Reading diary: Ethics
Biernoff article: Medical Archives and Digital Culture.
By the end of this I was thinking about the advent of AI technology. Machine learning image generation is based on what's happened before so, although it does a great job of generating imagery that is unique and doesn't actually exist up until the point is generated, it does rely on historical data such as that provided by the database that's mentioned in this article. Even though the AI is new and unique (and what arises from the question of its authorship? ) The ethical scenario: In the case of machine learning do the artifacts belong to the software authors, or those who contribute to the database (everyone)?
It was interesting to read how the BioShock video game authors and architects kind of dismissed the copyright issue in an offhand manner which made me think that perhaps the time for being able to rely on copyright law for protection has largely passed.
I was really interested in the extract from Sontag for my own practice: how photographs could, simultaneously, make an event more real than if one had never seen the photograph; But also - through repeated exposure - less real.
The Politics of the Body in Pain: DAUPHINEE
It was difficult to read this essay without conjuring up all the images of the Abu Ghraib torture that pretty much everyone saw. Even though those images broke over 15 years ago they are completely impossible to forget. Even this summer at the Berlin Biennale an artist created a huge maze installation covered with these images; from the famous picture of the man with electrodes on his fingers in a black hood to the guards smiling in front of a pile of bodies. I feel those images were more political than about the pain of torture maybe it was the fidelity of the images or how they were viewed, that perhaps I didn't allow myself to fully empathize with the situation. What does get me to respond viscerally regarding the transference of pain to the viewer, are those funny tick tock videos of idiotic drunk people falling off roofs or crashing their bicycles. I wince in pain and feel the terror of the moment as I quickly try and pause the video before I see the moment. It'd be interesting to see an updated version of this article that included widely disseminated video. The most compelling sentence in the article for me was in the first paragraph where the author states, " beyond the obvious claim that an image can never unproblematically represent the complexity of a lived reality".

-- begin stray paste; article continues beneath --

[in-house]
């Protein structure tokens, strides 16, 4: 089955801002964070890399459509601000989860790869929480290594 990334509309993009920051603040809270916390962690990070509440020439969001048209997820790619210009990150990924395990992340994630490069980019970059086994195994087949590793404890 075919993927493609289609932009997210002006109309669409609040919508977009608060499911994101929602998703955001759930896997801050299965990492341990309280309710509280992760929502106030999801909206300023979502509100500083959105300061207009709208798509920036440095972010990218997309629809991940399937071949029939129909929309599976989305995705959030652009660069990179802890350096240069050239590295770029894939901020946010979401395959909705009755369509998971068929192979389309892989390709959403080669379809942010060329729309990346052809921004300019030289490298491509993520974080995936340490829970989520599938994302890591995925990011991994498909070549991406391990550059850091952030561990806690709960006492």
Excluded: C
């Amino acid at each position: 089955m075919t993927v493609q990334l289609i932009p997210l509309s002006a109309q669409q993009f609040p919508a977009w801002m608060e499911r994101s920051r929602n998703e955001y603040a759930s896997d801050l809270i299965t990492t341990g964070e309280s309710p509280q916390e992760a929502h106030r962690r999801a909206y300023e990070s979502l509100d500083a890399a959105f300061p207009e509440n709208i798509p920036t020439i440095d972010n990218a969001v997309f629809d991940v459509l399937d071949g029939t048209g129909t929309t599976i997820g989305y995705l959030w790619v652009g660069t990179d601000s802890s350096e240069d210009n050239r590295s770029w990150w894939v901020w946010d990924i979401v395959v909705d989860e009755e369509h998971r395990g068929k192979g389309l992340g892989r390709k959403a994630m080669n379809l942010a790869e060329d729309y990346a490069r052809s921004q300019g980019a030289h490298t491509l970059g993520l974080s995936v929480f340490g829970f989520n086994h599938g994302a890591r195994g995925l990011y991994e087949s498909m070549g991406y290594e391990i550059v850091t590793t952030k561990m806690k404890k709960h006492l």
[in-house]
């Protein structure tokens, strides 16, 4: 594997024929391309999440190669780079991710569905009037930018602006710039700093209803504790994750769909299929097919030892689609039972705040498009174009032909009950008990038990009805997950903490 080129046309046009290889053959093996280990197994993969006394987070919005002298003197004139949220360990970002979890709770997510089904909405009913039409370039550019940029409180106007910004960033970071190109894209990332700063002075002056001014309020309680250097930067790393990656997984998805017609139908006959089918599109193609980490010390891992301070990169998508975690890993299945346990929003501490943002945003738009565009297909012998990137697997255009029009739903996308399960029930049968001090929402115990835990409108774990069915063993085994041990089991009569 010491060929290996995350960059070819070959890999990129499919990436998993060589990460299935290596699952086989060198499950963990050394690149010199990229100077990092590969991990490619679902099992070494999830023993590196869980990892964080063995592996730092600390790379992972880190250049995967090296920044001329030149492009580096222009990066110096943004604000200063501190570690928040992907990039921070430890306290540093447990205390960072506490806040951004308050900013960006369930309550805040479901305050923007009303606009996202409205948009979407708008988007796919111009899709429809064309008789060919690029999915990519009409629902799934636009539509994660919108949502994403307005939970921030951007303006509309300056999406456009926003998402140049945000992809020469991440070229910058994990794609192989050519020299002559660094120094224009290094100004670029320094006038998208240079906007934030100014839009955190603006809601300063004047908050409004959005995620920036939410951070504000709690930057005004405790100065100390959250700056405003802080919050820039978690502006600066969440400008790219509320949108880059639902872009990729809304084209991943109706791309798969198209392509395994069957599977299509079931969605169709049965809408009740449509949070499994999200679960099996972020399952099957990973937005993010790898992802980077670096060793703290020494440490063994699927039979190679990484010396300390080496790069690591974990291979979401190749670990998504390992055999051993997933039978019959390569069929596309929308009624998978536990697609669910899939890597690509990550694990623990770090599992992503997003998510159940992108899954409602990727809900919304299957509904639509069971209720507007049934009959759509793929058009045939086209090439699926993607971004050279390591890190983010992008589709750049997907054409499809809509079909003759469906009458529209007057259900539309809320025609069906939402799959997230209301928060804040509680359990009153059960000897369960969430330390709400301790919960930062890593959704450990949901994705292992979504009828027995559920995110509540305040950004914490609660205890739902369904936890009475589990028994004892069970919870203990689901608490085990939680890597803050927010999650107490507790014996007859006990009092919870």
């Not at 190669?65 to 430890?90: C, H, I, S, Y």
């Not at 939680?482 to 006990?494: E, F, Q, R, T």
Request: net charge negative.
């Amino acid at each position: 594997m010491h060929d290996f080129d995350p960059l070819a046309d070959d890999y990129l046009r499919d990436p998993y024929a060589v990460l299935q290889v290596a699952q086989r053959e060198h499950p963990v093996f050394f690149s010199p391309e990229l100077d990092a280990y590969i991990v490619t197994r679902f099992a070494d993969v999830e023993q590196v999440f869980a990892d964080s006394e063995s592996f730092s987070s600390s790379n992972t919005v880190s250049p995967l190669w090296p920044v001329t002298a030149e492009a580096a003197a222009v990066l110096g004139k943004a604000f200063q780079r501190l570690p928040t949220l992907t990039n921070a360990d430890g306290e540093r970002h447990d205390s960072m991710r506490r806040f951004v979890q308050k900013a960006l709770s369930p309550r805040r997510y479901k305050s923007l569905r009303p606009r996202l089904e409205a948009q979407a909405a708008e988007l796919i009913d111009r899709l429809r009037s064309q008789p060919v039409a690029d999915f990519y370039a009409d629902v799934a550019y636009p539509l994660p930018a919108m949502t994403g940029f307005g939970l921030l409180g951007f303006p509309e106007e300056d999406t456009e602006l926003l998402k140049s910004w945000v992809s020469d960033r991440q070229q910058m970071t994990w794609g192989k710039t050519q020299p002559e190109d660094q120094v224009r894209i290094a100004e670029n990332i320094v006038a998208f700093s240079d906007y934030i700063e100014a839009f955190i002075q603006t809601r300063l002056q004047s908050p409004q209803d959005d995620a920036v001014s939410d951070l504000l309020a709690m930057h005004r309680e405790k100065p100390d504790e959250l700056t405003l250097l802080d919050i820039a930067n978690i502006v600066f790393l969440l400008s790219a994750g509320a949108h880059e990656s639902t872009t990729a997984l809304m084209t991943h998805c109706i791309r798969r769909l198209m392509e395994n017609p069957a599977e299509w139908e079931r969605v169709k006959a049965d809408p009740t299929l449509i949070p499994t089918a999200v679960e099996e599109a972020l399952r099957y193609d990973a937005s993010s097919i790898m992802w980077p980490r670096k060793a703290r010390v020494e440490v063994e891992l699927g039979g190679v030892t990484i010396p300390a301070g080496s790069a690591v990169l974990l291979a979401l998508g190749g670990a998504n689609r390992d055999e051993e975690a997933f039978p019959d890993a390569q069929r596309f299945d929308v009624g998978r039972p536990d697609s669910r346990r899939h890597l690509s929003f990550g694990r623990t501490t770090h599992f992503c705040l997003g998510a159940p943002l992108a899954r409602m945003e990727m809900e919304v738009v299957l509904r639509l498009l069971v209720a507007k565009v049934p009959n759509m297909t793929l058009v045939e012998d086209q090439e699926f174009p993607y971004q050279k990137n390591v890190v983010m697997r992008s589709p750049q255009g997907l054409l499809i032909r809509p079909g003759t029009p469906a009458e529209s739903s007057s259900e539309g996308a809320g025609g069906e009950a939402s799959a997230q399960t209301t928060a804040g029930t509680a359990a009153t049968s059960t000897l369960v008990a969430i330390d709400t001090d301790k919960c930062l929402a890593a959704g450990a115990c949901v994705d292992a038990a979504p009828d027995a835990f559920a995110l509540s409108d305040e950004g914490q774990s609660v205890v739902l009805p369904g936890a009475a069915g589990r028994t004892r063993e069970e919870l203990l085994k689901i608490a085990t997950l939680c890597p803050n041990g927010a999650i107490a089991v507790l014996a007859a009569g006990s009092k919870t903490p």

I didn't interview myself: the researcher as participant in the narrative research.: Maggie Kirkman
... I didn't vibe with this reading
The ethical claims of bio-art: killing the other or self cannibalism
This was an interesting text that reminded me of several bio art projects that went on in the 90s such as growing your own foreskin kit and other works by Kac and Stellarc. It was all the rage. Although funnily, I don't remember much talk around ethics although there was a kind of furor that grew around this type of work as it was deemed as being super radical and maybe a sign of the future. This text provided further fascinating examples like that of the butterfly and the famous ear piece. I didn't really want to deal with thinking about the ethics around bio art. Part of me just wants to let people get on with it; maybe being a farmer I have a slightly different relationship to how things grow over time. I thought about cultural differences and I wondered what people who visited Documenta 15 and those who form collaborative groups throughout the Global South would think about Bioart. I'm sure that diverse cultural references would encourage conversation not controlled by western believes and notions of Christian piety. How different would ceremonies of killing-off artworks at the end of an exhibition be treated by different ethnic communities? What would agricultural communities who deal with harvest and slaughter and who work with the land to provide for humans, think when faced with production methods having a different goal - a goal with no use (art)?. It's a pretty deep subject.